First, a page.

Oklahoma has a lack of resources available for young people struggling with addiction, a problem highlighted at a panel discussion Tuesday night.
Additionally, Oklahoma's mental health and substance agency has only $10 million available to focus on substance abuse prevention, said Terri White, commissioner of the Oklahoma Department of Mental Health and Substance Abuse Services.
“We have almost zero dollars in prevention,” said White, one of several panelists.
The panel discussion followed a screening of “12: Promises,” a documentary that focused on young people from Oklahoma who are former addicts.
Other panelists included: Kelly Dyer Fry, editor of The Oklahoman and vice president of news and information for OPUBCO Communications Group, who discussed what it's like to be a parent with a child in recovery, and Peter Messiah, director of the Oklahoma City University Addiction Prevention Studies Program.
Three young people in recovery also were on the panel.
Austin, 23, whose last name wasn't given, has been sober for seven years and shared his story of recovery. He is featured in the film, and said he saw the impact addiction had on his family. He saw his father die as a result of alcoholism.
“I knew what was going to happen, or most likely what was going to happen,” he said. “I had to make a decision.”
The 12 Recovery Foundation, an Oklahoma City-based group, helped produce the documentary, and plans to continue to produce a series of documentaries about youth in recovery.
One in 10 Oklahoma residents struggle with addiction, White said. Also, one in 10 struggle with mental illness.
About 80 percent of youth who need help in Oklahoma cannot get it because of a lack of resources, White said.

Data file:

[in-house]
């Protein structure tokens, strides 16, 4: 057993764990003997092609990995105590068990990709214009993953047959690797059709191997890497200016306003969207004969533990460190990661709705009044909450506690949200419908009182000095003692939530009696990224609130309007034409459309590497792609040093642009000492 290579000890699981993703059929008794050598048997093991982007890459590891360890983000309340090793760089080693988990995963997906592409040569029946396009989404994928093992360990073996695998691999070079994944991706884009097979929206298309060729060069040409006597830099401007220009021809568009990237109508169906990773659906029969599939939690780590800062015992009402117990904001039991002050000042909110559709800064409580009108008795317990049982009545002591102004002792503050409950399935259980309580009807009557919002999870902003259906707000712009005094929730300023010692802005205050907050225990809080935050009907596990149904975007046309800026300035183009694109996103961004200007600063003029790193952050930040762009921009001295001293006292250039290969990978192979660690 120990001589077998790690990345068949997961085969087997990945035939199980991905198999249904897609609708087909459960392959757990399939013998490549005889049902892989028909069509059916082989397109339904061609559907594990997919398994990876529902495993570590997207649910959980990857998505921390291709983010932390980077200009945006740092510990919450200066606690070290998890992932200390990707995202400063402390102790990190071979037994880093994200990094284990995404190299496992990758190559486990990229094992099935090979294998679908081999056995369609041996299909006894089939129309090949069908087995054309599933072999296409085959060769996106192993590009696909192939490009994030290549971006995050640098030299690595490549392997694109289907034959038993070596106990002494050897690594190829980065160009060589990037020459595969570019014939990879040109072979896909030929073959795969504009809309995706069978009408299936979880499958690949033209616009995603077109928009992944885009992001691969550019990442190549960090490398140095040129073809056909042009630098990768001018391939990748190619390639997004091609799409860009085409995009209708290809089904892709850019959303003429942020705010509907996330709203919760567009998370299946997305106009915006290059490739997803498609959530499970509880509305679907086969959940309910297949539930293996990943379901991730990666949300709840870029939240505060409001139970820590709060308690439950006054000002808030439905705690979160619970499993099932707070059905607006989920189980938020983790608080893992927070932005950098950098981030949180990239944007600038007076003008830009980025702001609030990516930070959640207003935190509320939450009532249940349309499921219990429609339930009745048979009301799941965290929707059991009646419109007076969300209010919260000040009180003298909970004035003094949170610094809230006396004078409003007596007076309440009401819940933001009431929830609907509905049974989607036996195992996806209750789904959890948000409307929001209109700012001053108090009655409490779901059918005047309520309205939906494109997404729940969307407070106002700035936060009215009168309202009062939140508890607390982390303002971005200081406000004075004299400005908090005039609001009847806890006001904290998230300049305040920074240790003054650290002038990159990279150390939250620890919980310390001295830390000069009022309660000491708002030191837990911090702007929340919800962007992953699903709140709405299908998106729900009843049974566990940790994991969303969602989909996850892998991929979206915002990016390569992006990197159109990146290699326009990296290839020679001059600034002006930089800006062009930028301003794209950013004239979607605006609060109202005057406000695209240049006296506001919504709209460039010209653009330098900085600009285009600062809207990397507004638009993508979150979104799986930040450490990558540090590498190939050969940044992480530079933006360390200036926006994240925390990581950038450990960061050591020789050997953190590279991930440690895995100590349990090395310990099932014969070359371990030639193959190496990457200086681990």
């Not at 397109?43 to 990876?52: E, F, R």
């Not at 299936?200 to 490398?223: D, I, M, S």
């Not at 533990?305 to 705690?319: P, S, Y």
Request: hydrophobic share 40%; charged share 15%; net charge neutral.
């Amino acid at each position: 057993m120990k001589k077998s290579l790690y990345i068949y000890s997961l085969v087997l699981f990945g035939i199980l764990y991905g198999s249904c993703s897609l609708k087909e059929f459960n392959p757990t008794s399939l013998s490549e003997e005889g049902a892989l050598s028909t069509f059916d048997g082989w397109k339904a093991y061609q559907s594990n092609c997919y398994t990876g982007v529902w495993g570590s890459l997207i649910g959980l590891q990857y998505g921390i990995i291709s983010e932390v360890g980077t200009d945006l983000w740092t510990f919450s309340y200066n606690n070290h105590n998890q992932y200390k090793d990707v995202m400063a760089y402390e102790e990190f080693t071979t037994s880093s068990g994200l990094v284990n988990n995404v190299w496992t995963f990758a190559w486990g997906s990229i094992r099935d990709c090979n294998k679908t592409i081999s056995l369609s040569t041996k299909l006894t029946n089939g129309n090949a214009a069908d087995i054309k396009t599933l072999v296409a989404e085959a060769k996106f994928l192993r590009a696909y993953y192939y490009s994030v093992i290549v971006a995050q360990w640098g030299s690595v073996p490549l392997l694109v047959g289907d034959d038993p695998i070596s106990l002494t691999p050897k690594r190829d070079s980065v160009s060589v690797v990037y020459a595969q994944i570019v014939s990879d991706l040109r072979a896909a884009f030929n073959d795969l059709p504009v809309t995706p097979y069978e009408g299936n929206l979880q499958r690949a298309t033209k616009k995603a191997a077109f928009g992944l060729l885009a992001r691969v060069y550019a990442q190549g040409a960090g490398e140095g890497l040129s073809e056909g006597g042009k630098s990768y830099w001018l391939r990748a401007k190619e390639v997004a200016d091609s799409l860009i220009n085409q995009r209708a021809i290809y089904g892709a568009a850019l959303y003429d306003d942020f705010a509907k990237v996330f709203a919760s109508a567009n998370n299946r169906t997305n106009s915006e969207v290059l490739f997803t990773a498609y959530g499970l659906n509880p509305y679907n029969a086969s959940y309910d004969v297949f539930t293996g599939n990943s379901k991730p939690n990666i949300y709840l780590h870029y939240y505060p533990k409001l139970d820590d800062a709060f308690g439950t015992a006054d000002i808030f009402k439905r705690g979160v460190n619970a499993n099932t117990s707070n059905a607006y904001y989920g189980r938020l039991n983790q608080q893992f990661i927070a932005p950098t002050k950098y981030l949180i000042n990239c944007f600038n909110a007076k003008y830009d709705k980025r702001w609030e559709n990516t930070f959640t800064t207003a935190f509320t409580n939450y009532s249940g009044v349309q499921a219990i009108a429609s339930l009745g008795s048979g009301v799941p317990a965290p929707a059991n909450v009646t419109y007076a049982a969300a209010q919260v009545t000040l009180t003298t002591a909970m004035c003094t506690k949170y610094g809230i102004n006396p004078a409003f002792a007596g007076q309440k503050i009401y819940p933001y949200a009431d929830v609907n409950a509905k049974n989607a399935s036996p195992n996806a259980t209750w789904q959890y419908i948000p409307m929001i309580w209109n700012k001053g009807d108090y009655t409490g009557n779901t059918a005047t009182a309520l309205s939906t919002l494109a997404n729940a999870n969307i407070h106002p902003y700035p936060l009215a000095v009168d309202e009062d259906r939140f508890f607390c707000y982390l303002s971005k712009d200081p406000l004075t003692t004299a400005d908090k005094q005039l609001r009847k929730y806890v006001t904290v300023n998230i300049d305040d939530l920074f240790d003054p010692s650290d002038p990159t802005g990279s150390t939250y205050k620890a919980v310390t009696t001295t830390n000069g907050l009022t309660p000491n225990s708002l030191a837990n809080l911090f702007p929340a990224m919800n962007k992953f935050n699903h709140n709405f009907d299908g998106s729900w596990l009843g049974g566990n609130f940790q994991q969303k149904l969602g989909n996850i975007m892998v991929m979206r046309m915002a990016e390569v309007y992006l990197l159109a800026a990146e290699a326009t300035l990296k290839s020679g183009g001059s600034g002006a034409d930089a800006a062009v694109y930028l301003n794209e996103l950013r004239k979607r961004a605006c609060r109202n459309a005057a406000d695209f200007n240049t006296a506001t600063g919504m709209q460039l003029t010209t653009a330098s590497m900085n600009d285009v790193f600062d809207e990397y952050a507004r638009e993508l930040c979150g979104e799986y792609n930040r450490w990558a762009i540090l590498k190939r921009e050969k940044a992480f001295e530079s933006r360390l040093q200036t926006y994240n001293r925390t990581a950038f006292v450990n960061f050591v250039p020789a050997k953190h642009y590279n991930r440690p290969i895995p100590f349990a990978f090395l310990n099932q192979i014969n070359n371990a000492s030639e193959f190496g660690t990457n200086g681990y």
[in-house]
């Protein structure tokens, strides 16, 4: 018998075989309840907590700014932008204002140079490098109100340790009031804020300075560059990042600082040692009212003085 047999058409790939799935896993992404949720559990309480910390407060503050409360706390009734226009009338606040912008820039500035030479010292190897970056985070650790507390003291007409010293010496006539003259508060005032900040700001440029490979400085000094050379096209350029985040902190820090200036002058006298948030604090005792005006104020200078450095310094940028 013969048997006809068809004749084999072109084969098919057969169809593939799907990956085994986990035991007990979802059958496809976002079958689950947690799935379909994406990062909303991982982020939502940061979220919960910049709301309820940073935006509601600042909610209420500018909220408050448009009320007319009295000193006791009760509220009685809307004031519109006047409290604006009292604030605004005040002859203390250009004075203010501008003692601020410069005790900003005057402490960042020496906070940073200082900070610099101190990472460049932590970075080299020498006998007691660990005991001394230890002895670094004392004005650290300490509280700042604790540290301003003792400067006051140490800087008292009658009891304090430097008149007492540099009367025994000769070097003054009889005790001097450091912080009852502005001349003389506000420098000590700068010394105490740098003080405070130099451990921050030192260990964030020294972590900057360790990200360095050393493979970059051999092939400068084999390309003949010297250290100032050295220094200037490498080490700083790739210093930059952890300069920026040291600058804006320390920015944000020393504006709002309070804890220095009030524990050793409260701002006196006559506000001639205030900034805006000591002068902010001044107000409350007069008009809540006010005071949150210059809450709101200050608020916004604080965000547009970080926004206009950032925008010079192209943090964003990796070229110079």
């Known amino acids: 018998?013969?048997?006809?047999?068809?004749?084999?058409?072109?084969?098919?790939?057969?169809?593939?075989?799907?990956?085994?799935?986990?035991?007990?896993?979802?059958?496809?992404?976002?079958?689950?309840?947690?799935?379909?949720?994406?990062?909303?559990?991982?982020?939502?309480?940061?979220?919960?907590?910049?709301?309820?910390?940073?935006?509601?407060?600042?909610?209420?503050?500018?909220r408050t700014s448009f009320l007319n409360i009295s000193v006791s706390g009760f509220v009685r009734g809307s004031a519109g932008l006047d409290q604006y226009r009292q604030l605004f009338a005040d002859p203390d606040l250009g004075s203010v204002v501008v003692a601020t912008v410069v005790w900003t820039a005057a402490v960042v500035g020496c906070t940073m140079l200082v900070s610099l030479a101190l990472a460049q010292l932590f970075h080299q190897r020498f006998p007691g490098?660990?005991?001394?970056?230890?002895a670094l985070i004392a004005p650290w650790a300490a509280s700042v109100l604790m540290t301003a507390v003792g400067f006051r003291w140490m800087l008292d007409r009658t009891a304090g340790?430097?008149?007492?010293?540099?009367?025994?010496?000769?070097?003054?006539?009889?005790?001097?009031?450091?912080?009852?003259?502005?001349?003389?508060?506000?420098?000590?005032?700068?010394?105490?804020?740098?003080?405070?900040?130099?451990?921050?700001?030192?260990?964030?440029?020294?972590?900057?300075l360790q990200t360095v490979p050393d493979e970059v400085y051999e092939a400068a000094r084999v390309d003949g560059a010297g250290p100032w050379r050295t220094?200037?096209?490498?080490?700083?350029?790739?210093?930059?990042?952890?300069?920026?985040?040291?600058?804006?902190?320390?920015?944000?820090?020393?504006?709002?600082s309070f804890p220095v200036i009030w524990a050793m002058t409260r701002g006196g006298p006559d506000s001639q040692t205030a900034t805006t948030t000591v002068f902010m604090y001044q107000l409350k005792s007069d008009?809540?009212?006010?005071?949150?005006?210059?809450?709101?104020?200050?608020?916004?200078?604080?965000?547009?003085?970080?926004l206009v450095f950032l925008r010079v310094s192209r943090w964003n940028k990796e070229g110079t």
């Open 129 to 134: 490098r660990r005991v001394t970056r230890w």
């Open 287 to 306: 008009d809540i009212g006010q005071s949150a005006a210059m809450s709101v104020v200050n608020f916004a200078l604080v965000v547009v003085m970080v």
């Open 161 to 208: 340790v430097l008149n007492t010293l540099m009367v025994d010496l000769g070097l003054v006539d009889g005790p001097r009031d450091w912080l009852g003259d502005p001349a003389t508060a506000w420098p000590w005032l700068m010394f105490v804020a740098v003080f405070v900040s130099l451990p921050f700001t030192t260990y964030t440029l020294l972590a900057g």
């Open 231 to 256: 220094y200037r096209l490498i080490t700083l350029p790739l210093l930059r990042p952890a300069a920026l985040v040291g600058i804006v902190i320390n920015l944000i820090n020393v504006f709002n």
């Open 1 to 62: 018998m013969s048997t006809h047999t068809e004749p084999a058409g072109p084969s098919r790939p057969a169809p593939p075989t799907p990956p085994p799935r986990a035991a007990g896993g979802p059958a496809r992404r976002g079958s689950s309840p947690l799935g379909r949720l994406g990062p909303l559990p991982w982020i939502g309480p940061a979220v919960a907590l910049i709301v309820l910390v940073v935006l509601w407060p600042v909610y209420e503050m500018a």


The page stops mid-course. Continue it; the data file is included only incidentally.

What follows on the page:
Young people are especially susceptible to developing an addiction, White said. The prefrontal cortex in the brain isn't fully developed until a person is between 20 and 25, White said. That part of the brain is most susceptible to damage from alcohol and other drugs — and also is the part of the brain that controls a person's ability to pass judgment on decisions, she said.
“It's that part of the brain that's not quite fully developed yet, and when alcohol is introduced to it, it starts a chemical craving for alcohol,” White said.
It's critical that people are trained to provide appropriate evidence-based prevention, said Messiah, of Oklahoma City University.
“If you do it wrong, it's just wrong,” Messiah said. “It does the exact opposite of what you intend it to do.”
One of the examples given as a failure was the D.A.R.E. program, founded in the 1980s, which was popular in many schools nationwide.
Research has shown that the program didn't work, and it serves as an example of why it's important that the programs being used to educate youth are evidence-based, White said.